FRANKFURT May 20 The European Central Bank is
looking into spacing out its policy meetings to give itself more
time to assess economic developments before deciding on its
policy stance, several sources told Reuters.
ECB President Mario Draghi has also suggested that holding
policy-setting meetings every month may create unnecessary
short-term tensions in the markets.
The 24-member Governing Council currently meets twice a
month, once to set monetary policy, after which Draghi holds a
news conference, and once to discuss issues related to the
bank's other tasks and responsibilities.
One option is to lengthen the time frame between policy
meetings to six weeks, which would not upset the current
bi-weekly meeting cycle and would allow the Council more room
for discussion of other matters, for example related to its new
banking supervision responsibilities.
From November, the new Single Supervisory Mechanism, which
was created under the auspices of the ECB, will start
supervising the euro zone's largest banks and the ECB's
Governing Council has the last say on its decisions.
The ECB declined to comment.
The Bundesbank may be ready to back a move towards less
frequent policy meetings. "We could go along with that," a
source close to the German central bank said.
The subject could be discussed at the next ECB Governing
Council meeting on Wednesday, but a decision is unlikely then.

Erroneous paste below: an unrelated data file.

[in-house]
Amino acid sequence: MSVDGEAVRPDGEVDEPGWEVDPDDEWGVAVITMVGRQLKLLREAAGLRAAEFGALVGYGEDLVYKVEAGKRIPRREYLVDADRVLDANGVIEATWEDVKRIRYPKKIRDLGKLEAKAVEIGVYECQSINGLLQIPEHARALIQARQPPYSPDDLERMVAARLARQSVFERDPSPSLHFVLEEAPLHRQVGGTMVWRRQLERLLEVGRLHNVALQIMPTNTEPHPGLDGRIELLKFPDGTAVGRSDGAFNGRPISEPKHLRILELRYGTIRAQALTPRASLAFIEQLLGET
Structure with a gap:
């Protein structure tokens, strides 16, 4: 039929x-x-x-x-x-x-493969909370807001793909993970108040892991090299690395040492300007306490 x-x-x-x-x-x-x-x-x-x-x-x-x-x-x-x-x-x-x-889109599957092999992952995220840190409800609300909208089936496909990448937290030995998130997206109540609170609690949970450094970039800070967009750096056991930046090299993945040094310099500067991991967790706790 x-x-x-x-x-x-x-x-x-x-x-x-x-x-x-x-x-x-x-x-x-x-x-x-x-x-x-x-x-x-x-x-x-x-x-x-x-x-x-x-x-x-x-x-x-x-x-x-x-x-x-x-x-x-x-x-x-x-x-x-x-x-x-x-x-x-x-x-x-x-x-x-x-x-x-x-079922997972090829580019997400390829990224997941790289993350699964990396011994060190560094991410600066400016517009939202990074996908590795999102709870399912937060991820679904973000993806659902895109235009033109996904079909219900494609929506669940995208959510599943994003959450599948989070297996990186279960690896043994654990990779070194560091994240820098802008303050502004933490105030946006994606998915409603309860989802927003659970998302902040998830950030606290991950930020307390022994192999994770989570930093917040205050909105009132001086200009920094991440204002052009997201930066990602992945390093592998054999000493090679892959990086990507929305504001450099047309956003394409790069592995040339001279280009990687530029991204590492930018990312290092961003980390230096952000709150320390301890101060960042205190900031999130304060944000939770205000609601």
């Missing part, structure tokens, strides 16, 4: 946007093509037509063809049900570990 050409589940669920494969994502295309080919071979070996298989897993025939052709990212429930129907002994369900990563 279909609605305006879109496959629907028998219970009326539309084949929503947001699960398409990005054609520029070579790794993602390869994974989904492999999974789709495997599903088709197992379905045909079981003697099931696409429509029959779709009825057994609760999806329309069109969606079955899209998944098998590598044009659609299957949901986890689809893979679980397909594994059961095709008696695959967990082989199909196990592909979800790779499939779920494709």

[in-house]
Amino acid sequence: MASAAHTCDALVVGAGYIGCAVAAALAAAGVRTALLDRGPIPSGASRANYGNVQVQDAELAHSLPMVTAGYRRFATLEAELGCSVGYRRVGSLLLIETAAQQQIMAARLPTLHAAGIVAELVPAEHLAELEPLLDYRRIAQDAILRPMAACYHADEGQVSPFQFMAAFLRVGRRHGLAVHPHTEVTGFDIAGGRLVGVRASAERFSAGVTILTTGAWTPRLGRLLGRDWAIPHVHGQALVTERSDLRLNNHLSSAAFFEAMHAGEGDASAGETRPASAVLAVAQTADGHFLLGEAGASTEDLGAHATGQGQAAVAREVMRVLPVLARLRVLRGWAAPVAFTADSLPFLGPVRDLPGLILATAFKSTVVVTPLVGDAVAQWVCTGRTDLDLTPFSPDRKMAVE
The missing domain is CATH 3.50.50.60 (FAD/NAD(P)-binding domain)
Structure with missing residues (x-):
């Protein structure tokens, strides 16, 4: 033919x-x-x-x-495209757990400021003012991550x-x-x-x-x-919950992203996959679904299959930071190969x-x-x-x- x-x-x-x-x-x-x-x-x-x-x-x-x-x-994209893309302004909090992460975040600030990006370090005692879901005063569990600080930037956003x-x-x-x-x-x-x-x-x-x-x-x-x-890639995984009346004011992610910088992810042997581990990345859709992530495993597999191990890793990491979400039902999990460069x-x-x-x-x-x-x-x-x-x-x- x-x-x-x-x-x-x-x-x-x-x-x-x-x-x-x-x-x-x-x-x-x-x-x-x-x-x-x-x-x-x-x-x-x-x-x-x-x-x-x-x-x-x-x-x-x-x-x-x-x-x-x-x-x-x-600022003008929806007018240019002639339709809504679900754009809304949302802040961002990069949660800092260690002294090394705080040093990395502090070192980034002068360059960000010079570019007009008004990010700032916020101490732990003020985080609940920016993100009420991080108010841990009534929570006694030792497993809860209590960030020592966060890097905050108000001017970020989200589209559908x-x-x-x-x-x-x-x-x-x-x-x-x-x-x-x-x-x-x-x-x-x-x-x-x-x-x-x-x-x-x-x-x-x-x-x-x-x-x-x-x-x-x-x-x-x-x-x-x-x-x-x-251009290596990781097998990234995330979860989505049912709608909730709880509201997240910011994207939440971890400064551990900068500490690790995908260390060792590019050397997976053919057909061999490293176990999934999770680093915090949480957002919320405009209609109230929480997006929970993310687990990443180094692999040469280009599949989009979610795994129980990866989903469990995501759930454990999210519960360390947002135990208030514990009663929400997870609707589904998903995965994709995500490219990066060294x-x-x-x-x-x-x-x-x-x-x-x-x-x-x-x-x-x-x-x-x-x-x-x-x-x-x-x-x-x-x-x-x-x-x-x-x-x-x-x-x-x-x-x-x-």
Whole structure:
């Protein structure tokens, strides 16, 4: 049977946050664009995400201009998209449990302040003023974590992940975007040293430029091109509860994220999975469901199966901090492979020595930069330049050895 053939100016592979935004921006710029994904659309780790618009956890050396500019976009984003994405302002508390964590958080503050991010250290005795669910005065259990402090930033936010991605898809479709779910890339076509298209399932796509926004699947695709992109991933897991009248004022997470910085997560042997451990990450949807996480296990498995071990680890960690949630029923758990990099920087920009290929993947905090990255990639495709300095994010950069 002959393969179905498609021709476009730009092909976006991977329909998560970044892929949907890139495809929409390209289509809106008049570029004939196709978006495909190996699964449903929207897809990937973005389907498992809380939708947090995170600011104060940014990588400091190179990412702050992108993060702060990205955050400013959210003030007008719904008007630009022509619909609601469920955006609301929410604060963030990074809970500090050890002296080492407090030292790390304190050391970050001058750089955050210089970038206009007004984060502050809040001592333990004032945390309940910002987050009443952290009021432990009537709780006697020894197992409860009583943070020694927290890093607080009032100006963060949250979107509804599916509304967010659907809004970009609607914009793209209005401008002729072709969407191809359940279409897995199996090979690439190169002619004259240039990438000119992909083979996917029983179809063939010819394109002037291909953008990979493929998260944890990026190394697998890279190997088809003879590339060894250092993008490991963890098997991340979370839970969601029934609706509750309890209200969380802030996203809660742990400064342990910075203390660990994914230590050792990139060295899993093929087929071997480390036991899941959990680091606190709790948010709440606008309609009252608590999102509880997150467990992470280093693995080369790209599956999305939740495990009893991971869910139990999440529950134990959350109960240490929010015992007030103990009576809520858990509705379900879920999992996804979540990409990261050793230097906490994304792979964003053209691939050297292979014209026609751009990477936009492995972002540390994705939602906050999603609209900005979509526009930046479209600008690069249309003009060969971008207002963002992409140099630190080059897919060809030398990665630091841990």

Draghi first raised the idea of less frequent policy
meetings in April. Speaking in a personal capacity he said that
"with the need to avoid triggering short-term market noise, we
should reflect on the frequency of our monetary policy meetings
"It's pretty clear that our frequency of meetings leads the
markets and the public to expect action," he said. "Not all
major central banks have monthly meetings."
The U.S. Federal Reserve, for example, has eight policy
meetings per year, one about every six weeks, but it can also
hold unscheduled meetings if necessary. Four times a year, these
meetings are followed by a news conference.
The Fed publishes a full set of minutes for each policy
meeting after three weeks.
The ECB is also thinking about publishing written accounts
of its policy meetings sooner than the current 30-year time
frame to add more transparency to its decision-making process.
Initial pilots for this project are already under way.
(Reporting by Andreas Framke, Paul Carrel and Eva Taylor;
Editing by Hugh Lawson)